The rights of disabled people in the UK


The United Nations Association’s aim is to advocate for strong government support of the UN and to  demonstrate why the UN matters to people everywhere.  Overseas issues are obviously of great concern but we must not forget issues at home.  How can we have any hope of convincing decision makers of our strong beliefs in the values of the UN if we ignore their actions at home which go against those same values?  Surely the grave and systematic abuse of the human rights of disabled people in the UK is something we cannot ignore?

The UN has recently issued a damning criticism of the UK Government’s failure to uphold the rights of disabled people. Although a government spokesperson has clearly criticised this report it is unlikely that you would find many disabled people in the UK who would agree with this criticism.

A quick look at the Disabled People Against Cuts (DPAC) website is enough to see the extent and severity of harm to disabled people that is happening simply because of governmental policy in the UK.

Our government is signed up to the UN Convention on the Rights of Persons with Disabilities .  Action by the UNA is clearly needed to push for our government to recognise their commitment to this convention.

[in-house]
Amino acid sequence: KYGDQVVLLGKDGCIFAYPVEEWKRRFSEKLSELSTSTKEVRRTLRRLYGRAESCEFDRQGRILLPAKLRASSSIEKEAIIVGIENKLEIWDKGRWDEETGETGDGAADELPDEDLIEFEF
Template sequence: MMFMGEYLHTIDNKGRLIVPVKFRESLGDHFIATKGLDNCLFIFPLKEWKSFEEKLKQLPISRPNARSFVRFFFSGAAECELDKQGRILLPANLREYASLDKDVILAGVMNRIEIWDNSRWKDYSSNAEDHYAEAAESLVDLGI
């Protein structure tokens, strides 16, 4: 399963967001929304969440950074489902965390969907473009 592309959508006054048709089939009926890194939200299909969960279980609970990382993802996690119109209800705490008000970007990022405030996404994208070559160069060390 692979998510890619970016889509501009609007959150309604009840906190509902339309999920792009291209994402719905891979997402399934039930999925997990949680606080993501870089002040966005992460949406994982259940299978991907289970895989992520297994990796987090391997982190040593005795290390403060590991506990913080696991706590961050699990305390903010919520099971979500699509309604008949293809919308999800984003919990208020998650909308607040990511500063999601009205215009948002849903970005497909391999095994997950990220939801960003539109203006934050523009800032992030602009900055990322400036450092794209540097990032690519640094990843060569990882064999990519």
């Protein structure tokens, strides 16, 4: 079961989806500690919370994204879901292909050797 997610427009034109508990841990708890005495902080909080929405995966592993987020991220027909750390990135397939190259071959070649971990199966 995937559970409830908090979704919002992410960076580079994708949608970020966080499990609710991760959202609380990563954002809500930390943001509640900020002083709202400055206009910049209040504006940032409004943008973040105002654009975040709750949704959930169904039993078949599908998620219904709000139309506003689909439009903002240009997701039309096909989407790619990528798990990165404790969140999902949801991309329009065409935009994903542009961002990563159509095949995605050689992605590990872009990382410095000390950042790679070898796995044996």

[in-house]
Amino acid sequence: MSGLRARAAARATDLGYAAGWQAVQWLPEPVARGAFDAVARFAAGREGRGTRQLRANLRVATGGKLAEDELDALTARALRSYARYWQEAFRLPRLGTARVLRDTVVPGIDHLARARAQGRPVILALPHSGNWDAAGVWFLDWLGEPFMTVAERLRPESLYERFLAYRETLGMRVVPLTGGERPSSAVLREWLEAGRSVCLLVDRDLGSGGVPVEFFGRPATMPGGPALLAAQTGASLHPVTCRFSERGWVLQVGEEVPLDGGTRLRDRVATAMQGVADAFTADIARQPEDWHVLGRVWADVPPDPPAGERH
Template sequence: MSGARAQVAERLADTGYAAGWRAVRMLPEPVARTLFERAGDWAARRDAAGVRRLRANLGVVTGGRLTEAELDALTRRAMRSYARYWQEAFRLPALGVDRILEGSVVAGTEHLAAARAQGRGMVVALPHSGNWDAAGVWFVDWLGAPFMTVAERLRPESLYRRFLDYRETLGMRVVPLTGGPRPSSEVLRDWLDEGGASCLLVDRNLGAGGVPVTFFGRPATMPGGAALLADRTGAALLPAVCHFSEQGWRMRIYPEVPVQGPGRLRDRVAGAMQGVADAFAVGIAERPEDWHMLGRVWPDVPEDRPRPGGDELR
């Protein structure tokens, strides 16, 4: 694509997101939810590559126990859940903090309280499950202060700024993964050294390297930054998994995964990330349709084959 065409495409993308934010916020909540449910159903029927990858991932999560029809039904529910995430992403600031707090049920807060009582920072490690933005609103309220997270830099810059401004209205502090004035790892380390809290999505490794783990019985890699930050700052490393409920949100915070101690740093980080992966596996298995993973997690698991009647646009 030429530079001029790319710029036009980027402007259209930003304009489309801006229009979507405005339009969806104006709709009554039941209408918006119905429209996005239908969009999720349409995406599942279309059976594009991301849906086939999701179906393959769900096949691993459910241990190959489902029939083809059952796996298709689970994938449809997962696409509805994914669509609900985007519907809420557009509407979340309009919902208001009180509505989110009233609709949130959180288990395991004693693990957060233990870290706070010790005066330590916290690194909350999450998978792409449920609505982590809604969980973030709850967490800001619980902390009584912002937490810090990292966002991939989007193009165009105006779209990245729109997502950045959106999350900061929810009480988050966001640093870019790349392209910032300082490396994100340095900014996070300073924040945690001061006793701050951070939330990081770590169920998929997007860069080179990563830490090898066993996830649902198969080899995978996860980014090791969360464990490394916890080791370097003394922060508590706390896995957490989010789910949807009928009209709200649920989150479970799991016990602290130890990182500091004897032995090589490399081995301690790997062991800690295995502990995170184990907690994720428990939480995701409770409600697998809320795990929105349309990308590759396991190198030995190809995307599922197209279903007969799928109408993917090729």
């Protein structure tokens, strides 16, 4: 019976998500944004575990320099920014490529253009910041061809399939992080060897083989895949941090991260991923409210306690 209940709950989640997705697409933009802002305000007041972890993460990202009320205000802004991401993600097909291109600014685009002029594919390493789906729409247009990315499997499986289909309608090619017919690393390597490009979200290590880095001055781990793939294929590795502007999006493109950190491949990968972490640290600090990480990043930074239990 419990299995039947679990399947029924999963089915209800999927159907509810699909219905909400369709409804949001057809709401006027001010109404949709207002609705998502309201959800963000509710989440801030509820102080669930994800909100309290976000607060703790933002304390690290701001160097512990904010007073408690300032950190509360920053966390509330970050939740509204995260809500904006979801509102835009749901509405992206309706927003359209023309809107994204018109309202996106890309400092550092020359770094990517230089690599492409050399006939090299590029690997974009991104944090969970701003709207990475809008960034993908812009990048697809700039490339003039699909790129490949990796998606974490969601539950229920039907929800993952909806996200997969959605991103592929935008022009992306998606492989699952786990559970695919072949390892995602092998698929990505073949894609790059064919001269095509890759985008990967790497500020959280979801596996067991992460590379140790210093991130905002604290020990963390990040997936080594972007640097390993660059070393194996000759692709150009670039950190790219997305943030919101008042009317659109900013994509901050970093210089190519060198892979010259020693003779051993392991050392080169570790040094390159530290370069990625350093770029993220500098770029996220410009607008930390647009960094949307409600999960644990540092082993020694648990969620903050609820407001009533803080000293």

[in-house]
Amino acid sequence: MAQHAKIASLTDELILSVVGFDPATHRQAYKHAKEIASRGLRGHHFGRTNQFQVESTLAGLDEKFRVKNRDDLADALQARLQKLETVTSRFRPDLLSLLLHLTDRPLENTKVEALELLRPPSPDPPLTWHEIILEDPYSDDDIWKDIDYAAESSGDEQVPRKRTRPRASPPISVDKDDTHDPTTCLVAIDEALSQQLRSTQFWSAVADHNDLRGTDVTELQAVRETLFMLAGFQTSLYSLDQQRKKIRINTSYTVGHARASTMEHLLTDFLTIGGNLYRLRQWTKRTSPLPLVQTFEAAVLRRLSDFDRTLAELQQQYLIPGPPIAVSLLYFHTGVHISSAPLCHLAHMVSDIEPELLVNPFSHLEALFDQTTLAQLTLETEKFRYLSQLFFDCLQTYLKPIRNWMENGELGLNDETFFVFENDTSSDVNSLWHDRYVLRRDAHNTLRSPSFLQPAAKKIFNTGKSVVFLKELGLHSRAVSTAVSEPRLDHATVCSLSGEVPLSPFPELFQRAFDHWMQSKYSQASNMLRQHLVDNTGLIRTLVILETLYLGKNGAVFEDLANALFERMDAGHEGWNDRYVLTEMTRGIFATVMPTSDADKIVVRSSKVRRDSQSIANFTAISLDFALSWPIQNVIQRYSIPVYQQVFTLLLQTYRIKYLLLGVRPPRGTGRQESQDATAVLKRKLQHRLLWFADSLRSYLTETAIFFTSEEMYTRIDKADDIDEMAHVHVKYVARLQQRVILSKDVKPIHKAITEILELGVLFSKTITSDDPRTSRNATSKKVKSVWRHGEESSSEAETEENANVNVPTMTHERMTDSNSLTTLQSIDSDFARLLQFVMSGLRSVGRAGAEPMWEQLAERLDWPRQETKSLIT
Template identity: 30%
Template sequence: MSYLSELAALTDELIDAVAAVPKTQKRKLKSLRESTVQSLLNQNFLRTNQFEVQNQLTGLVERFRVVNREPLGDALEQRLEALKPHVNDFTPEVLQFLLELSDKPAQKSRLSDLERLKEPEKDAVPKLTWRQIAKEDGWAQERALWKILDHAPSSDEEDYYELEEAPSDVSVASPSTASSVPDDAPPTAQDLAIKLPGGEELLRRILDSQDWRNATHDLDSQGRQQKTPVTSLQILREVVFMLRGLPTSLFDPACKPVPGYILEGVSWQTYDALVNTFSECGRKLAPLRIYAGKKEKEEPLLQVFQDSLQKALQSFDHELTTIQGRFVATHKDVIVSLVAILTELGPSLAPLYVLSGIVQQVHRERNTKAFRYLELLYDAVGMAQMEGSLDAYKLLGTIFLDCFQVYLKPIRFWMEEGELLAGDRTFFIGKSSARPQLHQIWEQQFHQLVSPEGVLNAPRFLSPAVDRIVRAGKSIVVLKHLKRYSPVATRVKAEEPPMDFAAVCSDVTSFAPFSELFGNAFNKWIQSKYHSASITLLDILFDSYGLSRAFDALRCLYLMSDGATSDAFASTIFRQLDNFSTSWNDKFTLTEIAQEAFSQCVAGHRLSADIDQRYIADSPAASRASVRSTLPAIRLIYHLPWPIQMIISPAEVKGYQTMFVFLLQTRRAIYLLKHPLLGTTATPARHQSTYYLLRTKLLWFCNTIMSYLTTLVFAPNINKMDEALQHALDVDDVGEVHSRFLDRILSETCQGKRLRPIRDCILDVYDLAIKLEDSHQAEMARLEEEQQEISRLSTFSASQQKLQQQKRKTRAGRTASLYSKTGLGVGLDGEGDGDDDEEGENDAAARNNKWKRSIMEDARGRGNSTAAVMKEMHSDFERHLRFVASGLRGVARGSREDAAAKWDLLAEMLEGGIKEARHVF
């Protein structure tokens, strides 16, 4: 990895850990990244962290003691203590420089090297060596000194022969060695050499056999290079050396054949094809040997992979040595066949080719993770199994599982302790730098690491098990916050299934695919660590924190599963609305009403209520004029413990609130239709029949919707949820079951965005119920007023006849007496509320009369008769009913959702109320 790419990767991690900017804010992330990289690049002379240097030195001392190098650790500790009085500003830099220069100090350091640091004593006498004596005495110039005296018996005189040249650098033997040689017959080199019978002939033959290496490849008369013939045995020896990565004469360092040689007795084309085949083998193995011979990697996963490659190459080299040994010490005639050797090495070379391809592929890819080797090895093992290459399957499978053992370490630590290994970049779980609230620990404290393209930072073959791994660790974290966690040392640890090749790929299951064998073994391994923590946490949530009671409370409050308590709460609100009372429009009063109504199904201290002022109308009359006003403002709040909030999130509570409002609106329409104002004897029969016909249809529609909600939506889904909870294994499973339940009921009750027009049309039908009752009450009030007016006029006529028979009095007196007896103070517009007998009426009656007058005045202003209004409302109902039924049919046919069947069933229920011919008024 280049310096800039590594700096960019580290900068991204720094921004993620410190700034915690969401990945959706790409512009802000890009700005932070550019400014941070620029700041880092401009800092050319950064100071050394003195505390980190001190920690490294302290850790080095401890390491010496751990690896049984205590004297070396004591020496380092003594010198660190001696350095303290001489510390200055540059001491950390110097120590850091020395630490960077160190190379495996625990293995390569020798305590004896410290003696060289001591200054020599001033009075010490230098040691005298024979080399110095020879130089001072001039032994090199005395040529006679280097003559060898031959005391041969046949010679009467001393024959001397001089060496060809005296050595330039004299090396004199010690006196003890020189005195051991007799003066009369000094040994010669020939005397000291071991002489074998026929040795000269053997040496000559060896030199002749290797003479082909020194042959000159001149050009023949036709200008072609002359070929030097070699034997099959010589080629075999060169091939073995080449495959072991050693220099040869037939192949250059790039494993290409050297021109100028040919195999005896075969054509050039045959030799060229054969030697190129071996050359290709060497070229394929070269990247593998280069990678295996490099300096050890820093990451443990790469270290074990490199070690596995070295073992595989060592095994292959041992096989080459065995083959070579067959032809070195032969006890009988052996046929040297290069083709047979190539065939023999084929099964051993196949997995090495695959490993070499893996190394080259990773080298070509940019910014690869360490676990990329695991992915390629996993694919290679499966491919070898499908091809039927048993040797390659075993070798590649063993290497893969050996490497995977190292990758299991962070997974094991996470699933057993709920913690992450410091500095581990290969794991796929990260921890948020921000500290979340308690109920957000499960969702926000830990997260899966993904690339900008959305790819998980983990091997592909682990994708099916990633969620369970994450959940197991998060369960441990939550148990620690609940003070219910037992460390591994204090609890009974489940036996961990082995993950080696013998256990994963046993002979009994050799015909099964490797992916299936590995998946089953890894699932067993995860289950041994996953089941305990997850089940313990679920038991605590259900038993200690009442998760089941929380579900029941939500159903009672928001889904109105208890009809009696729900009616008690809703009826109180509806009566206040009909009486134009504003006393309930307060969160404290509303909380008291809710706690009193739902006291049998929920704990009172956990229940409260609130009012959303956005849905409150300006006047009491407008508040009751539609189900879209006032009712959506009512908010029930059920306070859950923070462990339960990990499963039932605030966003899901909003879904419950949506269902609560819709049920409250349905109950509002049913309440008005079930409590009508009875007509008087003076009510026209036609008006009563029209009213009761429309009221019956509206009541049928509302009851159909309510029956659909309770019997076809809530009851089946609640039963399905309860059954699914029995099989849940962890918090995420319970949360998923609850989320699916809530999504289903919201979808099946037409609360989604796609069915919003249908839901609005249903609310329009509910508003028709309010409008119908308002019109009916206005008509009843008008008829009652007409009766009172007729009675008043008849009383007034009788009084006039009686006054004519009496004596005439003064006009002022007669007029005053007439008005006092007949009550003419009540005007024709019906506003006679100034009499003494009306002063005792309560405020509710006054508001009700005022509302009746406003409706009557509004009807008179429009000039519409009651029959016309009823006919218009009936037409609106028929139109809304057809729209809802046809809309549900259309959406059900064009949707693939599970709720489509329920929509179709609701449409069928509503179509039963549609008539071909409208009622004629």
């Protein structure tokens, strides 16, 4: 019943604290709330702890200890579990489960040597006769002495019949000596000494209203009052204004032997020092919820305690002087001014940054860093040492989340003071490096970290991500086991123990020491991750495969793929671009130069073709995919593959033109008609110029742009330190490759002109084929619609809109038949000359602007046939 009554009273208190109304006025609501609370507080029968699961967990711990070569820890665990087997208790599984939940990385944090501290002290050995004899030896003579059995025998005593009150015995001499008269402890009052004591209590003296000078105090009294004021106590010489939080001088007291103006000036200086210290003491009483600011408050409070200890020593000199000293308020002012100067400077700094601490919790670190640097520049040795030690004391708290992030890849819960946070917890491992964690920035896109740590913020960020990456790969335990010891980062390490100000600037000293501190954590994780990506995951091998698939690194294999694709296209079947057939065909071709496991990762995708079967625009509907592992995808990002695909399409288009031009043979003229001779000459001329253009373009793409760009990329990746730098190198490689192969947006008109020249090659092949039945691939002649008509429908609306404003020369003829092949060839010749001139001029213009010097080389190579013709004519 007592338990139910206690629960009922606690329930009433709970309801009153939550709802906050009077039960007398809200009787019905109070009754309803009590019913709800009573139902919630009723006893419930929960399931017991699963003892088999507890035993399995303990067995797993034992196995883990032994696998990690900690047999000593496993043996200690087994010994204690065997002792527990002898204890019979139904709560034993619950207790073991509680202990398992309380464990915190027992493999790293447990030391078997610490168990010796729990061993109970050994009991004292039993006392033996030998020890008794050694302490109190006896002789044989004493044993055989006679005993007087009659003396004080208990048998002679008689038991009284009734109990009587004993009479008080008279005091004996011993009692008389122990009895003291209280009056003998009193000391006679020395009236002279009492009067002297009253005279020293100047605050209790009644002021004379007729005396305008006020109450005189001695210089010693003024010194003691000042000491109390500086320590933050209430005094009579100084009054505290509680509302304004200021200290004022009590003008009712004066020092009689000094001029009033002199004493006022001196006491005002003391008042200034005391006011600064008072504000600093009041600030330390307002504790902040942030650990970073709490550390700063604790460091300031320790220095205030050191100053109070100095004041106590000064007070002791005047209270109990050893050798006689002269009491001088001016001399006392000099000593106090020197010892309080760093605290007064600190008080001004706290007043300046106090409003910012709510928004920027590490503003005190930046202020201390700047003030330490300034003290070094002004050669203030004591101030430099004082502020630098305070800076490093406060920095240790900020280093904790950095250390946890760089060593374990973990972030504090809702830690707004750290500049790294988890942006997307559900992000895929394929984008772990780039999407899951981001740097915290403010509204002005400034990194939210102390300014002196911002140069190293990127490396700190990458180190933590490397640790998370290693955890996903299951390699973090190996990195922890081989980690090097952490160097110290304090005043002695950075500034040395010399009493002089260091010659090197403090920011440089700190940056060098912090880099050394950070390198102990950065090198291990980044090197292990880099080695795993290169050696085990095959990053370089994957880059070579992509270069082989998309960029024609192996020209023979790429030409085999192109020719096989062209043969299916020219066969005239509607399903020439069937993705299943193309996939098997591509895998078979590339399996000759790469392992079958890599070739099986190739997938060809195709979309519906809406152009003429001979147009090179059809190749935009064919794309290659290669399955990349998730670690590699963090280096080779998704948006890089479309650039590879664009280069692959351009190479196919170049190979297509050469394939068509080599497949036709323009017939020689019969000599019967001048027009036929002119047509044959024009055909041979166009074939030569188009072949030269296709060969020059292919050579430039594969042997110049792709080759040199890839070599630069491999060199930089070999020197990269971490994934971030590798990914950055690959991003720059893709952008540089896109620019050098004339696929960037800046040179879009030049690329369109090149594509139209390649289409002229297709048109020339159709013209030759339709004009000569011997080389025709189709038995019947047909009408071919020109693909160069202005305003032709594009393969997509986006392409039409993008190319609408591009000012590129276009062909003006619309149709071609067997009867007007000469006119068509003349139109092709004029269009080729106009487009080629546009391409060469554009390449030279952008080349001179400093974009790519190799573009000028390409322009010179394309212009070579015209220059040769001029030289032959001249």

There may be many who would attempt to justify on economic grounds, the austerity measures that have played a part in damaging disabled people’s rights in this country. But even if we were solely concerned with economics these policies look unjustifiable.

The Spare Room Subsidy, or bedroom tax is hitting many families, two-thirds of which have a disabled adult living in the home. But it has failed to either save much money for the Treasury or solve the problem of over-crowding in housing.

The film I, Daniel Blake from Ken Loach provides an excellent moral argument against the Work Capability Assessments.  But a quick look at the figures for how much money is spent on these assessments and subsequent tribunals presents the another argument that perhaps they are not worth the pain they cause?

At the UN there is a fundamental belief that governments must strive to uphold UN values for a strong and stable world.

To damage the rights of disabled people purely for economic reasons goes against this belief. Even if we could prove that there was an economic case for such policies.

We need to look closely at exactly how disabled people’s lives are changing in our society.  Many disabled people have a lot to offer.  They are poorly represented in our parliament, and in other positions of power.  Perhaps they are just an easy target as they lack the positions they need to fight back.

I hope somehow this piece may inspire some branches of the UNA to fight for the rights of the disabled.

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